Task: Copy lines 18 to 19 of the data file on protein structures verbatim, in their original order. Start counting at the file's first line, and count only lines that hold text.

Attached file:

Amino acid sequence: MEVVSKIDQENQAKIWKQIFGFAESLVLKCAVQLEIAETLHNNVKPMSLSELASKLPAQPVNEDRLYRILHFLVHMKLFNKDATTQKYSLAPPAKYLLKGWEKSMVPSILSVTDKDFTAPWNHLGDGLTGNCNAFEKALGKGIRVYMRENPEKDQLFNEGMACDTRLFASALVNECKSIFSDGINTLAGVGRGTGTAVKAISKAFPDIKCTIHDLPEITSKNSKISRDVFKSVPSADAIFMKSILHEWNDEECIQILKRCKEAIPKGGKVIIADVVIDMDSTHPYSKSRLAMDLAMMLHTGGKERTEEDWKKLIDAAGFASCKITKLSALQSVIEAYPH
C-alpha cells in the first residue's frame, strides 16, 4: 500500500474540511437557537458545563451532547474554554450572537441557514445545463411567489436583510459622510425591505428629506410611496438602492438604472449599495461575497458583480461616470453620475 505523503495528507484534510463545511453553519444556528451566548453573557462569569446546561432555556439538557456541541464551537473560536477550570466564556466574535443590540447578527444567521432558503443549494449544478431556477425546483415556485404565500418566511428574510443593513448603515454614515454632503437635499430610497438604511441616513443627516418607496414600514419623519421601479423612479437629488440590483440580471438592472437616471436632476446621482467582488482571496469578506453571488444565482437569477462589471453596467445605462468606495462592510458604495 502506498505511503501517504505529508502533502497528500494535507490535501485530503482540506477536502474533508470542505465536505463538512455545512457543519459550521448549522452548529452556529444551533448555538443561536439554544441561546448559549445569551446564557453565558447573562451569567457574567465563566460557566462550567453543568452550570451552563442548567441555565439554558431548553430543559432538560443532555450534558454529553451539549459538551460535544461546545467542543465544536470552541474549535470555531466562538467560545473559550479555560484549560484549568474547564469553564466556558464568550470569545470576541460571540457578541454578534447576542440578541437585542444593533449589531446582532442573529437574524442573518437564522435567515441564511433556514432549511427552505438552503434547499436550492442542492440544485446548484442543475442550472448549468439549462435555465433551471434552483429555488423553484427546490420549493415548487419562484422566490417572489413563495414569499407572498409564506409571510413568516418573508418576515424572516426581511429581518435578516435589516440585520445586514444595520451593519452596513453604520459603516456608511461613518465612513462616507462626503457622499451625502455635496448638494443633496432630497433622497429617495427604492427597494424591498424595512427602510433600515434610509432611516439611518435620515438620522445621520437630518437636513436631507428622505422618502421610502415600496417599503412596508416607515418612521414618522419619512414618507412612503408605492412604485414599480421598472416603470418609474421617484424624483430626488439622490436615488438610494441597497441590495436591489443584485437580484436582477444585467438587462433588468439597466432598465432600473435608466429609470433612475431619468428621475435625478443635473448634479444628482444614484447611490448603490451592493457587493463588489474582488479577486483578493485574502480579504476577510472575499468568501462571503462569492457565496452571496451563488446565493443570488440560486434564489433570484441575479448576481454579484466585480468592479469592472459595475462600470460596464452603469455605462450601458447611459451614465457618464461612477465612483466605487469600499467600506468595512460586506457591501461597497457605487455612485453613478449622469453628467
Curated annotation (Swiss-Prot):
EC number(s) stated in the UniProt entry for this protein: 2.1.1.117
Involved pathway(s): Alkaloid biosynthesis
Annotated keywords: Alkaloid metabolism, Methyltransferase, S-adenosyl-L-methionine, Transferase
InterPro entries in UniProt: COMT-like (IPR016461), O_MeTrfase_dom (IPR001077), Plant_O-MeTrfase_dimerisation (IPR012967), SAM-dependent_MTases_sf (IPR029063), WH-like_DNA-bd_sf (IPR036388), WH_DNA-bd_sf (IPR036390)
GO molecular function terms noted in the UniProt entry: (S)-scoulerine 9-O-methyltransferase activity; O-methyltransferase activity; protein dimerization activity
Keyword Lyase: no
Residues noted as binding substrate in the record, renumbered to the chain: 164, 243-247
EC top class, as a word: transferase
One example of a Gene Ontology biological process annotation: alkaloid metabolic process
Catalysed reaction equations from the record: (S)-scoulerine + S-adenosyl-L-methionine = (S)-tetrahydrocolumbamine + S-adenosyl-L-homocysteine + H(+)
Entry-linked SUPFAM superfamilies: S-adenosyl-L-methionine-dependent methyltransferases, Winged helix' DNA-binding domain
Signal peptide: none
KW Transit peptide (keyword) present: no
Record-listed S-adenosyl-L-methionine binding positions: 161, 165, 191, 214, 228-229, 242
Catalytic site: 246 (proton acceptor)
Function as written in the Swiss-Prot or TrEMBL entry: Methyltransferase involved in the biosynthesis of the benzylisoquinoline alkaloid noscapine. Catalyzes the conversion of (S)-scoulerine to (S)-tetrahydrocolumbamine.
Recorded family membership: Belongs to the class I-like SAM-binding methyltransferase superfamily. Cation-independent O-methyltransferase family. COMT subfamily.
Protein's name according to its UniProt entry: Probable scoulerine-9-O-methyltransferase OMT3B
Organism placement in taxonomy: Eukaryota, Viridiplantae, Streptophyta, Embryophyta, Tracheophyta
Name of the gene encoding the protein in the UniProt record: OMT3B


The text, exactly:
Catalytic site: 246 (proton acceptor)
Function as written in the Swiss-Prot or TrEMBL entry: Methyltransferase involved in the biosynthesis of the benzylisoquinoline alkaloid noscapine. Catalyzes the conversion of (S)-scoulerine to (S)-tetrahydrocolumbamine.